Despite the vote on this bill, a separate bill that would make much of the same information part of a publicly searchable statewide database remains alive.
(TNS) — RICHMOND — Legislation meant to open up court records that the Daily Press has tried to pry loose with a lawsuit went down at the Virginia legislature Monday.
A separate bill, which would make much of the same information part of a publicly searchable statewide database, remains alive. But legislators say there's little chance the state will cover a nearly $1.3 million price tag that the court system's Office of the Executive Secretary has said it would need to implement that bill.
Even as legislators acknowledged that they won't force change this year, they had strong words for the office Monday, questioning how much money the system has built up from fine collections and why technological improvements take so long.
"What exactly's being done with that money?" asked Del. Terry Kilgore, R-Gate City. "I never see any progress. ... Every year it's the same story."
Kristi S. Wright, head of legislative and public relations for the state's judicial system, said she'd get Kilgore a report on system funding. She also said there are a number of behind-the-scenes projects, some required by state statute, that pull money and attention from more visible upgrades
Kilgore and Del. Greg Habeeb expressed frustrations that attorneys feel over the system's online court records. Most of the data that would make up a statewide database is publicly available online, but only through a time-consuming circuit-by-circuit, and district-by-district, look up.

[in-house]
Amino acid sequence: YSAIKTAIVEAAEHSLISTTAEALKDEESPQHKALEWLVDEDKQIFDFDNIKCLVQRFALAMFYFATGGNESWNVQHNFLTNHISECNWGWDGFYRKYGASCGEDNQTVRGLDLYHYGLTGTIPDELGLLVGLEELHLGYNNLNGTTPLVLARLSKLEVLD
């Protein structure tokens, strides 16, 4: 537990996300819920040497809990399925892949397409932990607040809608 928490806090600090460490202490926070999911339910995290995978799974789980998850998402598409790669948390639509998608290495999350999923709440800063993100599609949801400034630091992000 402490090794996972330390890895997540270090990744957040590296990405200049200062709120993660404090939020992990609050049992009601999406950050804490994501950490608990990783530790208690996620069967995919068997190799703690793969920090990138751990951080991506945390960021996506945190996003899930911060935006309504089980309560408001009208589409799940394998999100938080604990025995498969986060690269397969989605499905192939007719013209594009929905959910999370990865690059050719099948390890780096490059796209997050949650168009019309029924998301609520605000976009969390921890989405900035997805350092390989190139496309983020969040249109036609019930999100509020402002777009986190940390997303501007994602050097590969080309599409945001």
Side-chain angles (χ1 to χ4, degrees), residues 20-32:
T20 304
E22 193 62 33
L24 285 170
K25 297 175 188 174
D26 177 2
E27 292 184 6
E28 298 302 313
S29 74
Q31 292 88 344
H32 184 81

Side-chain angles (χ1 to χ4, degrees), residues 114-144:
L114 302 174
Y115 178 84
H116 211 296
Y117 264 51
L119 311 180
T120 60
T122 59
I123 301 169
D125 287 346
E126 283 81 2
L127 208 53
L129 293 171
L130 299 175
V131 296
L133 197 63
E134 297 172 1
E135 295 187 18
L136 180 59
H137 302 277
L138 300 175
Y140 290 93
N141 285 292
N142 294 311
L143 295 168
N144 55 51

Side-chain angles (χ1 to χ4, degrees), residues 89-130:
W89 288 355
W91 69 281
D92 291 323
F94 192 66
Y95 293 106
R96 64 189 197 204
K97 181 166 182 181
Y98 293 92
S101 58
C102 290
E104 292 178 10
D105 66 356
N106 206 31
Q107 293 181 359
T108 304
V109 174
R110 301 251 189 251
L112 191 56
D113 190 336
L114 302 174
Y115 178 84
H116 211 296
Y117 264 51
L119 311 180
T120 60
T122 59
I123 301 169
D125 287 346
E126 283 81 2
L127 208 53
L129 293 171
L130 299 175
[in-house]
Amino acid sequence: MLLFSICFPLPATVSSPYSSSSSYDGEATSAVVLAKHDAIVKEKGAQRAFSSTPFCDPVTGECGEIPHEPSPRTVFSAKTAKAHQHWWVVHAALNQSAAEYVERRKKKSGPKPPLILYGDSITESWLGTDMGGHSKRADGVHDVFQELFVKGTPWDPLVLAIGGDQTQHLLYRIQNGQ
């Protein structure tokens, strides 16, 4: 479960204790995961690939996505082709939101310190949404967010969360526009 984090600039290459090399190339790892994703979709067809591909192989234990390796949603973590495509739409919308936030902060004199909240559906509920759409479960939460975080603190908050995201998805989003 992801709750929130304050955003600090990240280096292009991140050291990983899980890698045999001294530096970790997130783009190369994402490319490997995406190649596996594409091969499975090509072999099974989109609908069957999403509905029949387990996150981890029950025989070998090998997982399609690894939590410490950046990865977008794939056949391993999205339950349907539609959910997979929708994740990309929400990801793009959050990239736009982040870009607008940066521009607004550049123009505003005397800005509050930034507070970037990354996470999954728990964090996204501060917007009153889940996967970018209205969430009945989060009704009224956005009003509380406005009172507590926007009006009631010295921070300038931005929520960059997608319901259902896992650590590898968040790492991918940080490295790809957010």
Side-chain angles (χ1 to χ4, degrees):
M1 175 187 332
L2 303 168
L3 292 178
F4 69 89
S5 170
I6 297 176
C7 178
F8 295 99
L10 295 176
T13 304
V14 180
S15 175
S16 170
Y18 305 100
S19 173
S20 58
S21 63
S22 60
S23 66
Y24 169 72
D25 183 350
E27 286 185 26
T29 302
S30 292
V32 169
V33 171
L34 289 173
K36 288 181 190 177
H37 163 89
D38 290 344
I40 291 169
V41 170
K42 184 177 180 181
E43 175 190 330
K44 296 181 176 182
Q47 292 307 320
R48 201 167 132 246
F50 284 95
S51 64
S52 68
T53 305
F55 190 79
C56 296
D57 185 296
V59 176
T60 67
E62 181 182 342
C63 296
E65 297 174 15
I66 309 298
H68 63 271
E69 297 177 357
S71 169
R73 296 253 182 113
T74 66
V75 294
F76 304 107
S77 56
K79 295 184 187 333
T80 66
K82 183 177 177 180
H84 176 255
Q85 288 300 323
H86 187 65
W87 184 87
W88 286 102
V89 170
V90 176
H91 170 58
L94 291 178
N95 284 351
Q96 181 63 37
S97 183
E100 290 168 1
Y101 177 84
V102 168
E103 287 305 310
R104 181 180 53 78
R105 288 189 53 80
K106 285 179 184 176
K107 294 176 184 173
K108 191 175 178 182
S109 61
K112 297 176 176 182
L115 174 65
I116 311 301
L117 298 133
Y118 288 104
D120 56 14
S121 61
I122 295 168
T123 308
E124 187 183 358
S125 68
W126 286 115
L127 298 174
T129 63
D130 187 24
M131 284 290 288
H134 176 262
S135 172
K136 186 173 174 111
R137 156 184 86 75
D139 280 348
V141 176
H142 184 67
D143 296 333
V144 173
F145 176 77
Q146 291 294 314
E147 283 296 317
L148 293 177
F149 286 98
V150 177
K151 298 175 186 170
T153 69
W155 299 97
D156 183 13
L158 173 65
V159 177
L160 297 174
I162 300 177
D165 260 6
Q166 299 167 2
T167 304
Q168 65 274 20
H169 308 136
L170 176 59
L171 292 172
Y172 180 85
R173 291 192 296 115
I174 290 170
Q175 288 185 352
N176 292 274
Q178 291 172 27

"I've talked to a bunch of lawyers and a bunch of members of the General Assembly who think it's crazy how behind the times we are," said Habeeb, who chairs the Courts of Justice Civil Law Subcommittee that heard these issues Monday.
Del. Margaret Ransone's House Bill 1844, which would require the Executive Secretary to the Supreme Court to build a statewide lookup for criminal cases, passed the full Courts of Justice Committee last week. It's held up in Appropriations while legislators decide whether to fund the change, which OES said would require a major hardware upgrade and cost nearly $1.3 million.
Habeeb said he's spoken to Appropriations Chairman S. Chris Jones and has been "been given every indication" that won't happen this year. An attempt to reach Jones, R-Suffolk, Monday evening was not immediately successful.
Monday's discussion centered primarily on Del. Marcus Simon's House bill 1794, which is broader than Ransone's bill. It calls for a statewide searchable website for criminal and civil cases, not just criminal cases. It also would require OES to release the database behind that search system.
The estimated cost for Simon's bill is nearly $1.7 million.
"My guess is they thought that was a big enough number to kill your bill," Habeeb told Simon Monday.
This bulk data is what the Daily Press has been seeking for more than two years, first through Freedom of Information Act requests and now via a lawsuit due for a hearing before the Virginia Supreme Court after the current legislative session wraps.
Partial data compiled from the existing online lookups, which the Daily Press pulled with help from Code for Hampton Roads, pointed to racial disparities in the courts system.
In the end Monday, Habeeb, Kilgore and three other Republicans on the subcommittee voted against Simon's bill in a confusing turn of events that the Daily Press had to clarify after the meeting.
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